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Man jailed for life for 1998 murder of Surjit Singh Chhokar

Ronnie Coulter sentenced to 19 years and eight months in prison for the knife murder.

By STV News

Published 31 Oct 2016.

The man who murdered restaurant worker Surjit Singh Chhokar in 1998 has been jailed for 19 years and eight months.

Ronnie Coulter was found guilty of stabbing the 32-year-old in a retrial last month under double jeopardy laws.

The attack happened as Mr Chhokar returned from his work at an Indian restaurant in Wishaw, North Lanarkshire, on November 4, 1998.

Coulter, 48, was previously acquitted when he stood trial in 1999 for the murder but was convicted by a majority when the case became only the second to return to court since Scotland's centuries-old double jeopardy law was reformed in 2011.

His nephew Andrew Coulter and David Montgomery were also acquitted of murder when they went on trial for the same crime in 2000.

Coulter returned to the High Court in Glasgow on Monday for sentencing, where judge Lord Matthews jailed him for life with a minimum of 19 years and eight months.

The judge said Mr Chhokar was the "victim of an ambush that cost him his life".

In passing sentence, he said the violent attack was not "spur of the moment" but had been discussed by Coulter earlier in the day

He praised the patience and "quiet dignity of the Chhokar family".

Lord Matthews said: "It is plain that the only purpose was violence. You inflicted three stab wounds in what was a despicable and cowardly act."

In mitigation, Coulter's representative Donald Findlay QC said his client maintains that he was at the scene but did not "wield the knife".

Mr Findlay also said race "had no part whatsoever to play in this matter" and urged Lord Matthews to judge on "the facts of the case" and exercise leniency in respect of Coulter's treatment for depression and paranoid schizophrenia.

Two official inquiries were ordered after the original trials over Mr Chhokar's death.

One made allegations of "institutional racism".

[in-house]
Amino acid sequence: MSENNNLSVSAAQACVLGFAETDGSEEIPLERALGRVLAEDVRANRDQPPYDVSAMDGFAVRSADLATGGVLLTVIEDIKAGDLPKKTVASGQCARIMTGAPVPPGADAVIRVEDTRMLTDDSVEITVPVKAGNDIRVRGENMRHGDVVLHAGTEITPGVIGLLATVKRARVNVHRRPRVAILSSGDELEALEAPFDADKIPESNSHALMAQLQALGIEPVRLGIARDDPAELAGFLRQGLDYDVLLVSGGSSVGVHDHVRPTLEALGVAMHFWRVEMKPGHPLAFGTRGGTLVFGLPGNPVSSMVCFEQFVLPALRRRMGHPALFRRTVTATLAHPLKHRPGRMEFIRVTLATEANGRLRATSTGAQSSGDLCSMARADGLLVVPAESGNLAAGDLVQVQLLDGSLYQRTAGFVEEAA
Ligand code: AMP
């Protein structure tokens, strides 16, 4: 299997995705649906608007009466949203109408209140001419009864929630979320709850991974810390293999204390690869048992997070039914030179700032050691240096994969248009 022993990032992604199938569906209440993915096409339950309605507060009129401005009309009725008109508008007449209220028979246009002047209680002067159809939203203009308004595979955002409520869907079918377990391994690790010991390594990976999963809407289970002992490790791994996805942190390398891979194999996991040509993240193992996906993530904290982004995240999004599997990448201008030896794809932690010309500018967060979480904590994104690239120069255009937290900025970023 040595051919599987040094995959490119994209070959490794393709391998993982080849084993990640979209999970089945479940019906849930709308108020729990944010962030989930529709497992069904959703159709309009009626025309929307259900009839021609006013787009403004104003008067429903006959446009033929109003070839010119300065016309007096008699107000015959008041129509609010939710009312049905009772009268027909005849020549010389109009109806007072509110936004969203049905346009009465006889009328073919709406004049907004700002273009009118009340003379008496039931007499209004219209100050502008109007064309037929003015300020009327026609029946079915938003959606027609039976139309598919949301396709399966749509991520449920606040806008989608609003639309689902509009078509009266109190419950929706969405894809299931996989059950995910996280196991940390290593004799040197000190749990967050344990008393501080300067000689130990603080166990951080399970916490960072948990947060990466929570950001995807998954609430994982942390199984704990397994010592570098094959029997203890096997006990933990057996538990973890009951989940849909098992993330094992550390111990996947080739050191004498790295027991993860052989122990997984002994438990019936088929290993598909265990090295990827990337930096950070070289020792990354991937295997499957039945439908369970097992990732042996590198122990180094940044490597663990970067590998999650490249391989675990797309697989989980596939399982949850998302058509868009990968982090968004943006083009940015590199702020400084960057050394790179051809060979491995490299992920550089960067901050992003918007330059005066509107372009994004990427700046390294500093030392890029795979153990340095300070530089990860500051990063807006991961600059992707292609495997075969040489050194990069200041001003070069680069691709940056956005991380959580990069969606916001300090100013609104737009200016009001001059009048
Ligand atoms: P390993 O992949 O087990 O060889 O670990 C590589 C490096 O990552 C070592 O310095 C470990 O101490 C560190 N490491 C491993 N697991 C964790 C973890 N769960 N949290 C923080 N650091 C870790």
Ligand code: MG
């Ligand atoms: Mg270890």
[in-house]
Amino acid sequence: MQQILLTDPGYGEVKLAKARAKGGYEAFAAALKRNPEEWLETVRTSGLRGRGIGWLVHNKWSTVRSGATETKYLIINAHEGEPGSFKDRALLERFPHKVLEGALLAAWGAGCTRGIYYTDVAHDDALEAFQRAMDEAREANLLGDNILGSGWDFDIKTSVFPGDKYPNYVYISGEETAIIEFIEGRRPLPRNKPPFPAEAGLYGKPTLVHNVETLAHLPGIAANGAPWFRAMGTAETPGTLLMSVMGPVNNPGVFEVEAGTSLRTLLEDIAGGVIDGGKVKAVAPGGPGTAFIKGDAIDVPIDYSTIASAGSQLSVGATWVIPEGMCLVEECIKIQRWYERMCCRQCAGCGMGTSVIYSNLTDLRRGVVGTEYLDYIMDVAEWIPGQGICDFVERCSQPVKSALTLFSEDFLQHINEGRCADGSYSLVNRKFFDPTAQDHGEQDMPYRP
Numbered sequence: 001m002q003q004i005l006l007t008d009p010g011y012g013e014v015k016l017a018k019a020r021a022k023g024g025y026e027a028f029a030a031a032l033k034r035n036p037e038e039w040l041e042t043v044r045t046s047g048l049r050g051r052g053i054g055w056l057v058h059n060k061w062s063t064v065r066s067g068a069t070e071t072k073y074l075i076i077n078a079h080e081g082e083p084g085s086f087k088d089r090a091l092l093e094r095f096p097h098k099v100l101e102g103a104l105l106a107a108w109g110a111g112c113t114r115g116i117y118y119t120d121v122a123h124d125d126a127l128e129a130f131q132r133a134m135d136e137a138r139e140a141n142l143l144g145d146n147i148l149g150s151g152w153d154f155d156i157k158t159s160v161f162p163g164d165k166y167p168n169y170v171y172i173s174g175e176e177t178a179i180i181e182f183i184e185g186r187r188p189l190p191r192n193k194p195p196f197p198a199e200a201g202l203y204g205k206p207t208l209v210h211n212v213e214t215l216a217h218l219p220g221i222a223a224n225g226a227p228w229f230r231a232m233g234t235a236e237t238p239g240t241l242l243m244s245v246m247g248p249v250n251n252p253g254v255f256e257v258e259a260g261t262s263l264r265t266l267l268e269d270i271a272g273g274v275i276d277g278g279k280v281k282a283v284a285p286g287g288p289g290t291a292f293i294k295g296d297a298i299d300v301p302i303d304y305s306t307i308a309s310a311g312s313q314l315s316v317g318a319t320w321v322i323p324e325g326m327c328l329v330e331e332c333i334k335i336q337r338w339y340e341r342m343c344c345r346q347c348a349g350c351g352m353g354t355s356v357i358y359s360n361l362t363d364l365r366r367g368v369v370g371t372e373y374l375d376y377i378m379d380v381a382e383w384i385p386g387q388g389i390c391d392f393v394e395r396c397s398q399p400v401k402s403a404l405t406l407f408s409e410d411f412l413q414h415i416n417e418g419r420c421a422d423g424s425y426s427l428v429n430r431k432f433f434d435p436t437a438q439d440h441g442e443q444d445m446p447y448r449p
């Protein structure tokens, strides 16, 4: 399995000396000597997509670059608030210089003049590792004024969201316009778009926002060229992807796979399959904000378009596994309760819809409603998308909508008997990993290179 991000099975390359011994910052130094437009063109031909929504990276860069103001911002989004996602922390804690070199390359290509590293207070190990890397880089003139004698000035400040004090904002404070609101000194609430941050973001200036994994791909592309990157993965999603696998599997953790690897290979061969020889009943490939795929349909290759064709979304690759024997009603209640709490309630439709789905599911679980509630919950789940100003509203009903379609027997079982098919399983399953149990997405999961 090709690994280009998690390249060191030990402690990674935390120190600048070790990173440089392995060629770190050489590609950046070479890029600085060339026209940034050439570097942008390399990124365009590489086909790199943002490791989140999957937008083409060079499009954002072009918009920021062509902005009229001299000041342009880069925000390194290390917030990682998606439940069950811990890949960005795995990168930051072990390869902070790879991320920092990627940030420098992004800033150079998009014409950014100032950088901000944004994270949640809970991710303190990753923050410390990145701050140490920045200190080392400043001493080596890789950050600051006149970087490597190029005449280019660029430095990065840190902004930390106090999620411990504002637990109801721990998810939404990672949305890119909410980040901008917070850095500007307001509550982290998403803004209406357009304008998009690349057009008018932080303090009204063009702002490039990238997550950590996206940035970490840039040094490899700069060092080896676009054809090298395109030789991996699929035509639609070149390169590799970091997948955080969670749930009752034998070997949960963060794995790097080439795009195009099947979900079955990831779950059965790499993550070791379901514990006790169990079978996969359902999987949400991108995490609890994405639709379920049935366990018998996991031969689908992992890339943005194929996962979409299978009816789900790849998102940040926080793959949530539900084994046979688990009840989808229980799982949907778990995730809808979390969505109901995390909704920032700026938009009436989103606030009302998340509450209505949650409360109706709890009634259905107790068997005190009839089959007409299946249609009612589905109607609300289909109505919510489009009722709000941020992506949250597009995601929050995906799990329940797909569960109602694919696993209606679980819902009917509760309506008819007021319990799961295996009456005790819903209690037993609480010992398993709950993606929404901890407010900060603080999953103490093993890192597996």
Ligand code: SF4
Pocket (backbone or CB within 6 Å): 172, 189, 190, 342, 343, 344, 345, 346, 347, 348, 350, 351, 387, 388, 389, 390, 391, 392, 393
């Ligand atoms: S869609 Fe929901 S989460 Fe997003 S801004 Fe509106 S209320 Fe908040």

Following publication of the reports in 2001, then lord advocate Colin Boyd QC said the Chhokar family had been failed by the police and prosecution services.

The trial heard Coulter, his nephew and Mr Montgomery went to see Mr Chhokar on the night following a row over a stolen Giro cheque.

After an altercation, Mr Chhokar collapsed in front of his partner Liz Bryce.

Coulter had denied the charges and blamed Andrew Coulter and Mr Montgomery for the murder.

Giving evidence at the third trial, Andrew Coulter and Mr Montgomery admitted being present at the scene but denied murder.

Ronnie Coulter's sister Margaret Chisholm told the court he told her he had got away with the perfect murder.

The jury took about ten hours over three days to find Coulter, of Overtown, Wishaw, guilty following a four-week trial at the High Court in Glasgow.

The Chhokar family, who led a long fight for justice with lawyer Aamer Anwar, thanked supporters when the guilty verdict was delivered, and said they felt only relief.

In his last interview before his death in November 2015, Mr Chhokar's father Darshan said his only wish was that those responsible for his son's death "face justice".

In a family statement outside court from Mr Anwar, they said: "Ronnie Coulter was sentenced to life imprisonment today at the High Court in Glasgow with a minimum tariff of 19 years and 8 months.

"In the 18 years it took to prove Ronnie Coulter's guilt, he has never shown a shred of remorse or sorrow.

"Surjit Singh Chhokar was not his only victim. His two parents, a sister, two young children and his partner Liz had their lives devastated, but today the presence of justice has finally given Surjit's family peace.

"Every step on a long journey has required the Chhokar family's sacrifice and struggle.

"They taught us that there may be times when we are powerless to prevent injustice, but there must never be a time when we fail to fight for justice.

"Victim's rights at the heart of our legal system will be the Chhokar legacy long after Ronnie Coulter's name has turned to dust.

"Mrs Chhokar states that 18 years ago, her family in the midst of their grief were forced to set up a campaign when they were denied justice,

"But today as a mother and a wife she is truly grateful to all those in Police Scotland and Crown Office who fulfilled her husband's dying wish of justice for their son Surjit Singh Chhokar."